There are few more iconic images in cinema than Frankenstein’s monster rising from the operating table or, in its sequel, his bride standing straight and horrified, with the lightning shock of white through her towering hair. In fact, they might be so iconic that no one watches the movies anymore – we already know what happens. Specifically, the monster rises from an operating table, and his bride has crazy hair. Done and done.
I made sure to include these in the list because I honestly can’t remember if I ever watched them from start to finish. They both played on regular rotation on television throughout my childhood – Sundays, Channel 20, in the afternoon, along with westerns and a grab-bag of other old films the network had been able to grab cheaply, one presumes. I remembered them like dreams, or like pictures I saw on someone else’s mantel, in a house I haven’t been to in a while.
Watching them now, I learned a few things: 1) Bride is significantly funnier and better than the first one; 2) director James Whale did a fairly honest transposition of Mary Shelley’s novel, making the monster more a tragic than a diabolical figure; and 3) even from the start, horror movies have been intensely concerned about gender, identity, and transformation.
Bride of Frankenstein significantly improves on the rather by-the-numbers adaptation of Frankenstein. To its credit, it attributes the story to “Mary Wollstonecraft Shelley;” in the original, it says it’s based off a tale from “Mrs. Percy Shelley,” which is fucked on a number of levels. That’s not the only nod towards feminism in the film (not to mention basic decency), but it’s comforting to see it on the screen first thing.
There’s not much to talk about in the story – Frankenstein’s monster desires a companion, his creator wants nothing to do with it thanks to the earlier murders, a mad scientist is only too happy to help – but it’s a structural masterpiece (built around Mary Shelley, slyly knitting before a fire, telling Lord Byron and her husband the rest of the story, which she says she hadn’t yet published), and the script gives everyone plenty of room to breathe. It’s far less stilted than the original: the monster’s efforts to gain language are funny, his failures to communicate are poignant, and the transformation scene at the end deserves every bit of its fame.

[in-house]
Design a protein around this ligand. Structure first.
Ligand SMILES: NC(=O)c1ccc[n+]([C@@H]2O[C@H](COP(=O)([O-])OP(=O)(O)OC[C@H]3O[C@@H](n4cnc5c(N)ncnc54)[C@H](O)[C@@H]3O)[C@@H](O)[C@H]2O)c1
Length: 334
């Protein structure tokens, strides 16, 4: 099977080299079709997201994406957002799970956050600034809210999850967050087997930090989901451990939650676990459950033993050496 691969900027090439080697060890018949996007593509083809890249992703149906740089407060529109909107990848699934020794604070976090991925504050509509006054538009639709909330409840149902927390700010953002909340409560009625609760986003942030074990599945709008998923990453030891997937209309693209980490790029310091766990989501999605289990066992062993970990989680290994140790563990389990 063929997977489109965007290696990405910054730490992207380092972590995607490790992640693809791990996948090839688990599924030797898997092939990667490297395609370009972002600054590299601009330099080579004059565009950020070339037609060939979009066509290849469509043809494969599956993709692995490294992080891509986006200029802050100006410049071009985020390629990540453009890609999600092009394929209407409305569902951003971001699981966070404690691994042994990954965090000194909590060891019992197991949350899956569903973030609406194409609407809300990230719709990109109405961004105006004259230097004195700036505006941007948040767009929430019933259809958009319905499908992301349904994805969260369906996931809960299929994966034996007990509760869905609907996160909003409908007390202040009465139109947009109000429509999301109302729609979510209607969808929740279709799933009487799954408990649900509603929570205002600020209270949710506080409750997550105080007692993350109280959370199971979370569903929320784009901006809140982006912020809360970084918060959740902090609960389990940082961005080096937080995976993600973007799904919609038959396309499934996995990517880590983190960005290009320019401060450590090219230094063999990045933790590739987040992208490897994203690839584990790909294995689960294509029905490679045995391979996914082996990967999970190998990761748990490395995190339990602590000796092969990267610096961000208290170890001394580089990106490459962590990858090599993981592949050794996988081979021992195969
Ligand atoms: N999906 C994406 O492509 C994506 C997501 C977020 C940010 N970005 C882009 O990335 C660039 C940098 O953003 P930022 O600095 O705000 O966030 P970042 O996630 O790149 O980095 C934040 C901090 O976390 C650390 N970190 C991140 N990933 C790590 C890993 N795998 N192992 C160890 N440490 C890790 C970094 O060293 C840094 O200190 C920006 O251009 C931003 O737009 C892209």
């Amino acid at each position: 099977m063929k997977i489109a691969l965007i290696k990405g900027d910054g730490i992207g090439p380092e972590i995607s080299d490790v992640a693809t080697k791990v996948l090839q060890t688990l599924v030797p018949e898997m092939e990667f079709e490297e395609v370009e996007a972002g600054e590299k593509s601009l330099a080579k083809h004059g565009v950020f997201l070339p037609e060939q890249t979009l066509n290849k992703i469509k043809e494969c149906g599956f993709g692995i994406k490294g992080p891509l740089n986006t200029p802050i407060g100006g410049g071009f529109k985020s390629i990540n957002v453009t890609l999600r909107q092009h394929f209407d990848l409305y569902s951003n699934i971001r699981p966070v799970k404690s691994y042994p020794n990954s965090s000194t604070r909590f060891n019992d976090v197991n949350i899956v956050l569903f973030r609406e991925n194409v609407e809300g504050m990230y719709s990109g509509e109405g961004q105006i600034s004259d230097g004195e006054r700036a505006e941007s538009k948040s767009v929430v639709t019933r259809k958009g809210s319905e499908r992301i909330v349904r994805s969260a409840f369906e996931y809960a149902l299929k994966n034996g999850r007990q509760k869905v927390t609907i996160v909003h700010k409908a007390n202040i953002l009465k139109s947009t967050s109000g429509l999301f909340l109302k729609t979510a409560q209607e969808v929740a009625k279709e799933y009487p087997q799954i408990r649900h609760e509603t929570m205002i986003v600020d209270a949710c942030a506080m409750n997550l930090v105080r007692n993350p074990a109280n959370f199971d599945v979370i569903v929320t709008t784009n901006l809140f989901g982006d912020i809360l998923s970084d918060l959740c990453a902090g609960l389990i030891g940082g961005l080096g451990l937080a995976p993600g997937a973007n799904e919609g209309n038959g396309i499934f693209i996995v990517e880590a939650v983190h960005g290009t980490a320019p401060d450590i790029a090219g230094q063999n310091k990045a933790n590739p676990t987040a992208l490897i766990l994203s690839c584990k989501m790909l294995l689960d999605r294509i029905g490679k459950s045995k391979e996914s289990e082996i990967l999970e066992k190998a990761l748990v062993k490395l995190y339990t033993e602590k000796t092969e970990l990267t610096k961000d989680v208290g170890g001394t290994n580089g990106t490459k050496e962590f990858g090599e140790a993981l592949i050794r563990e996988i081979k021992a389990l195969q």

Whale, an openly gay man in early Hollywood (and so something of a rarity), made these classics of misunderstood outsiders, inherently suspected “deviants” rejected and misunderstood by mainstream society, who piece together identities, struggle to define themselves, and long for community in a hostile world. Throughout the month, the movies I watched kept coming back to these themes, in overt and oblique ways. Horror – located in the body, seeking to generate visceral thrill, concerned above all with flesh, its vulnerability and capacity for transformation – lends itself particularly well to symbolic treatments of questions of identity and sexuality. In Frankenstein and especially The Bride of Frankenstein, these questions bounce around without being answered, but both films make a wise decision: they treat them in passing, and focus on presenting something new and fun and relatable and scary. The themes are so crucial to the genre that they don’t need to be underlined – they’ll always be there. We couldn’t avoid desire if we wanted to.